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PLoS By Category | Recent PLoS Articles
Non-Clinical Medicine - Public Health and Epidemiology - Science Policy - Women's Health

Reducing the Medical Cost of Deliveries in Burkina Faso Is Good for Everyone, Including the Poor
Published: Monday, March 12, 2012
Author: Valéry Ridde et al.

by Valéry Ridde, Seni Kouanda, Aristide Bado, Nicole Bado, Slim Haddad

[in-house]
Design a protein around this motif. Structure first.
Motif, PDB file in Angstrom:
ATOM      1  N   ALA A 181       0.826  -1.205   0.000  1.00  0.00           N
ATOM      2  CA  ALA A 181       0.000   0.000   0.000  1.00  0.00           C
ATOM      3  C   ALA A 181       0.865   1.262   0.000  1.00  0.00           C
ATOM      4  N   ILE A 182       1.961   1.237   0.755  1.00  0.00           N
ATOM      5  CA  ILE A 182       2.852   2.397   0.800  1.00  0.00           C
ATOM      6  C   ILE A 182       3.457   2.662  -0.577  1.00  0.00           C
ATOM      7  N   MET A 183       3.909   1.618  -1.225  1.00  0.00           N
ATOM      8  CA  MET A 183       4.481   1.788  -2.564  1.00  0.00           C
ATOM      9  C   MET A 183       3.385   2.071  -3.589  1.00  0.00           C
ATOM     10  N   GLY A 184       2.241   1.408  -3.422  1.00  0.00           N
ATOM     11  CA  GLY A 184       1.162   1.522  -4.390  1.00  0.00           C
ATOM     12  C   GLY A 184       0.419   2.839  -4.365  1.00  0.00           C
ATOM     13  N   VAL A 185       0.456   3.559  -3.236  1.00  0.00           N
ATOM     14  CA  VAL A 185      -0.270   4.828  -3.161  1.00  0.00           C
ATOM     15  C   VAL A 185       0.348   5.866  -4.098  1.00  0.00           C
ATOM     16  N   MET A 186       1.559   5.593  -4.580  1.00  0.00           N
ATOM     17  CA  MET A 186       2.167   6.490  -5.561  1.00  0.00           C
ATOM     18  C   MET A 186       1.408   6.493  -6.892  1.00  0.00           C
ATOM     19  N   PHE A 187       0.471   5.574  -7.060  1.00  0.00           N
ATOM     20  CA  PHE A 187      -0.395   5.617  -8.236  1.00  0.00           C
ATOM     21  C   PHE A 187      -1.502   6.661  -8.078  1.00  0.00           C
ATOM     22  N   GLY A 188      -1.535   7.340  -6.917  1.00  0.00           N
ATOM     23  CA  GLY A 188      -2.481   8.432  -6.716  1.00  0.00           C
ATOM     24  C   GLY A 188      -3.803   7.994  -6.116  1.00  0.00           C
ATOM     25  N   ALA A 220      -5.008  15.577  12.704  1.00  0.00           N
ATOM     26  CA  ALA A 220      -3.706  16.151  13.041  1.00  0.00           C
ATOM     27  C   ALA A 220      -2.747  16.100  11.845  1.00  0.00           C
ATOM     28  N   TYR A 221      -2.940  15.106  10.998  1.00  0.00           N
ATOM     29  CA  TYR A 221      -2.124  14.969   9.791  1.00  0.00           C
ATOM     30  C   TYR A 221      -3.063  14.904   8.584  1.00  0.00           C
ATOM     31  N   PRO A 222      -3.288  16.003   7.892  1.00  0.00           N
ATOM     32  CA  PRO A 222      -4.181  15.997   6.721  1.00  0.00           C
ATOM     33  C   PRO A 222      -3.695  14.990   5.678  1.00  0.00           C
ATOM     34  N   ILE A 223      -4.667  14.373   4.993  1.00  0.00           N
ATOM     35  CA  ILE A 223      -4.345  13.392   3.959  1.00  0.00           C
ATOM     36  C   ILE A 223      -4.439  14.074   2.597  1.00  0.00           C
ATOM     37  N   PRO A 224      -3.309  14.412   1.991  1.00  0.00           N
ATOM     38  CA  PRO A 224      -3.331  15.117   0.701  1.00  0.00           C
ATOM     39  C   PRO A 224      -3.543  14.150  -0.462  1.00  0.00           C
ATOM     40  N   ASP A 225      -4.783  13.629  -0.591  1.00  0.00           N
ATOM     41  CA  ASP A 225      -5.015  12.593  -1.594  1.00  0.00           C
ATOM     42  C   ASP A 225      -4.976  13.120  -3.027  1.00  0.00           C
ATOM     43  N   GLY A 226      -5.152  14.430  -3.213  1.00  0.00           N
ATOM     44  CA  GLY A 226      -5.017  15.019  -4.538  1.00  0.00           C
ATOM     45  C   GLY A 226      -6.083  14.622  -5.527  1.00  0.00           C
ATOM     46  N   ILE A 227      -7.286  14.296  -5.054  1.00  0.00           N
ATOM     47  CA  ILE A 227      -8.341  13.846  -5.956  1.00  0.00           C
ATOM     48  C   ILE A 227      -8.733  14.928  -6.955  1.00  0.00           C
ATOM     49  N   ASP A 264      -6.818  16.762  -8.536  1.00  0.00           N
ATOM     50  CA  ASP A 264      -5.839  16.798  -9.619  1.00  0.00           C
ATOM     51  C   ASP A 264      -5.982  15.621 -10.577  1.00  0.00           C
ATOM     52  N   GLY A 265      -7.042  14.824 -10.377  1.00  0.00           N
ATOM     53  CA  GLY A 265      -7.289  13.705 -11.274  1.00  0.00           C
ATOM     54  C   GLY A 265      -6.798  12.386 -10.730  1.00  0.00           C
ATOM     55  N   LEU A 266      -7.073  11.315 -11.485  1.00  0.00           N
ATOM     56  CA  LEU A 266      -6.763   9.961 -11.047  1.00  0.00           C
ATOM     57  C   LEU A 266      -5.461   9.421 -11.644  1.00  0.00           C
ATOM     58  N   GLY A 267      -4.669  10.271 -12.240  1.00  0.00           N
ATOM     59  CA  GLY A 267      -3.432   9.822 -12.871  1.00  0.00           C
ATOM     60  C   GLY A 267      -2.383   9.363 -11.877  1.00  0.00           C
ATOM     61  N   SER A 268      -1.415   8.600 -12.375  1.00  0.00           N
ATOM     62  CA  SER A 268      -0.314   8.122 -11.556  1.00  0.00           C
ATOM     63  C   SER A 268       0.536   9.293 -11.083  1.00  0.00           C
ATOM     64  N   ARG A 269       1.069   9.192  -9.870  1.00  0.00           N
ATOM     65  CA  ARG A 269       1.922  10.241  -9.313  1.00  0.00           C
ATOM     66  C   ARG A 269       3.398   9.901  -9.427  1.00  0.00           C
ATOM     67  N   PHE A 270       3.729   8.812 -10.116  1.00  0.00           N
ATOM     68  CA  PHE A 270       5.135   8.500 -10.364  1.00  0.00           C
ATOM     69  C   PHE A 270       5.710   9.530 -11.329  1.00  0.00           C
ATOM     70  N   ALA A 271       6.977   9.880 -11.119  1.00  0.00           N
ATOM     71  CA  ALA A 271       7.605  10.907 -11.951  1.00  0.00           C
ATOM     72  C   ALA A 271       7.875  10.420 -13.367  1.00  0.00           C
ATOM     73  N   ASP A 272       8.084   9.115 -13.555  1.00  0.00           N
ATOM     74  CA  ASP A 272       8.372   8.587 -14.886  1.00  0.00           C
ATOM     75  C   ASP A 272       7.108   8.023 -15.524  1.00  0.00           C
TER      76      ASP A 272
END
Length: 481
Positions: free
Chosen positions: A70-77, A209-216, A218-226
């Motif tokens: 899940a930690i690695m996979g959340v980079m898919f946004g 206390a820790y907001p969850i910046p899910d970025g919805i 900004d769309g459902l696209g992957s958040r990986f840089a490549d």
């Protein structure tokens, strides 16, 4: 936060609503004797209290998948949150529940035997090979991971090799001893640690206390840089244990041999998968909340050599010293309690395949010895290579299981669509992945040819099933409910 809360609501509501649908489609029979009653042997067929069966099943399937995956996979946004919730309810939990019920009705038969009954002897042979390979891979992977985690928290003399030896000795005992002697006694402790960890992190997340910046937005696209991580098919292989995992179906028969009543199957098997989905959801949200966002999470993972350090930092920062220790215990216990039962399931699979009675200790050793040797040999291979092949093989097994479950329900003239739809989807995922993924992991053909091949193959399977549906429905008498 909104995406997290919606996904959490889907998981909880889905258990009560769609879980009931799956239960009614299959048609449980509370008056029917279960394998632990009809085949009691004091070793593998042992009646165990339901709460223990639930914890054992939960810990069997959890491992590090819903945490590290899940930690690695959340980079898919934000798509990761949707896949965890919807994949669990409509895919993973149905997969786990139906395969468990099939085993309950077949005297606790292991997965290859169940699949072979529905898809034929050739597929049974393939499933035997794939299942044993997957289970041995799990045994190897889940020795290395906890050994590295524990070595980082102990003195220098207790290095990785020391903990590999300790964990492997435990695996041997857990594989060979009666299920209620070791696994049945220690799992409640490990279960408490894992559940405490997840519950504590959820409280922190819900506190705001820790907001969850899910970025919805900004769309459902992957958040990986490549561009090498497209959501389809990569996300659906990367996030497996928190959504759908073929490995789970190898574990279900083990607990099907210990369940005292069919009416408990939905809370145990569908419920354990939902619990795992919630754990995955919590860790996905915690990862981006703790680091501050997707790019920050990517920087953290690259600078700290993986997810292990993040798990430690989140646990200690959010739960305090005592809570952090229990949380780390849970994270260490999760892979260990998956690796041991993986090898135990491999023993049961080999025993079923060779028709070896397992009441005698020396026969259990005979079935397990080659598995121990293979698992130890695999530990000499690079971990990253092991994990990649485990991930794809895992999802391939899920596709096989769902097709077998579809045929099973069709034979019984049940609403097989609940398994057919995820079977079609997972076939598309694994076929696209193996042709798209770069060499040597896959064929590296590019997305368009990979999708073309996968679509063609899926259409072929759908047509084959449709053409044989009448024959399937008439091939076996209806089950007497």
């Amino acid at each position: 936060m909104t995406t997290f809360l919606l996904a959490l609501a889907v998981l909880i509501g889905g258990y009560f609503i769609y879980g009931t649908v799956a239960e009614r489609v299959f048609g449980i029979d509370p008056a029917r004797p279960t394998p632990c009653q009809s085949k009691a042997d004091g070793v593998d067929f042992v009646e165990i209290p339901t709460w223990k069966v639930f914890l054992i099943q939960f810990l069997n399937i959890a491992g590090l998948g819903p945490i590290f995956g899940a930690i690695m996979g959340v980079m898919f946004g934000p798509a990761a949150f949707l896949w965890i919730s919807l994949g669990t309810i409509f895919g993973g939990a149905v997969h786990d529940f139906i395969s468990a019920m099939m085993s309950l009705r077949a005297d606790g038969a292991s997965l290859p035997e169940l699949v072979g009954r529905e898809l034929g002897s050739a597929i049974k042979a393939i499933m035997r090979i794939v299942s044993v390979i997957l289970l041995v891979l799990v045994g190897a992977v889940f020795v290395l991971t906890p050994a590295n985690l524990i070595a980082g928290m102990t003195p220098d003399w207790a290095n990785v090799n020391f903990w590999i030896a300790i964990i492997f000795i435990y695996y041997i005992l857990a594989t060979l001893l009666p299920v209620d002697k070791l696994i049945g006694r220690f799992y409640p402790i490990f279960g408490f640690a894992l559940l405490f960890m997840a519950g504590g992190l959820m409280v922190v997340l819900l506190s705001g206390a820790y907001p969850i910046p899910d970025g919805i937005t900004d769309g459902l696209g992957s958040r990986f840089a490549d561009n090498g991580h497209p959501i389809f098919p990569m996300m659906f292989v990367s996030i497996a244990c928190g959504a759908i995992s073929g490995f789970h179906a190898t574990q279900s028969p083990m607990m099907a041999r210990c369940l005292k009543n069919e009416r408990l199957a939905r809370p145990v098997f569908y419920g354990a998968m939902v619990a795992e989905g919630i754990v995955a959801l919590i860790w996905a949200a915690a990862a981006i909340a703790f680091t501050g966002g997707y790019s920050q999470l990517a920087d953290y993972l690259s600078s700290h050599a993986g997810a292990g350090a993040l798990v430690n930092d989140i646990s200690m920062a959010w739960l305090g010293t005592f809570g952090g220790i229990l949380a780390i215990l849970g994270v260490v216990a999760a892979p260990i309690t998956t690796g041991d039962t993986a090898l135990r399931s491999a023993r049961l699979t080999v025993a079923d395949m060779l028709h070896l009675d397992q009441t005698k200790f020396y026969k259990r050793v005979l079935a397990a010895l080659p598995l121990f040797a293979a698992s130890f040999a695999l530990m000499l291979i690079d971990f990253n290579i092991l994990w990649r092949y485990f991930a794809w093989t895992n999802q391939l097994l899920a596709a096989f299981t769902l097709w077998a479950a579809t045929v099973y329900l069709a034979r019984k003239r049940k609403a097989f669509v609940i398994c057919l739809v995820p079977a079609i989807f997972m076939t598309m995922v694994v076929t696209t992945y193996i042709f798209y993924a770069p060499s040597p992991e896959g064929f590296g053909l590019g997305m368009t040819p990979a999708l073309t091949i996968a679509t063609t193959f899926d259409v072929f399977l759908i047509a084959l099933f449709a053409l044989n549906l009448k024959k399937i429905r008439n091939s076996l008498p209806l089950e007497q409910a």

Since 2007, Burkina Faso has subsidized 80% of the costs of child birth. Women are required to pay 20% (900 F CFA?=?1.4 Euros), except for the indigent, who are supposed to be exempted. The objective of the policy is to increase service utilization and reduce costs for households. We analyze the efficacy of the policy and the distribution of its benefits. The study was carried out in Ouargaye district. The analysis was based on two distinct cross-sectional household surveys, conducted before (2006; n?=?1170) and after (2010; n?=?905) the policy, of all women who had had a vaginal delivery in a public health centre. Medical expenses for delivery decreased from a median of 4,060 F CFA in 2006 to 900 F CFA in 2010 (p<0.001). There was pronounced contraction in the distribution of expenses and a reduction in interquartile range. Total expenses for delivery went from a median of 7,366 F CFA in 2006 to 4,750 F CFA in 2010 (p?=?0.001). There was no exacerbation of the initial inequalities of the share in consumption after the policy. The distribution of benefits for medical expenses showed a progressive evolution. The greatest reduction in risk of excessive expenses was seen in women in the bottom quintile living less than 5 km from the health centres. Only 10% of those in the poorest quintile were exempted. The subsidy policy was more effective in Burkina Faso than in other African countries. All categories of the population benefited from this policy, including the poorest. Yet despite the subsidy, women still carry a significant cost burden; half of them pay more than they should, and few indigents are fully exempted. Efforts must still be made to reach the indigent and to reduce geographic barriers for all women.
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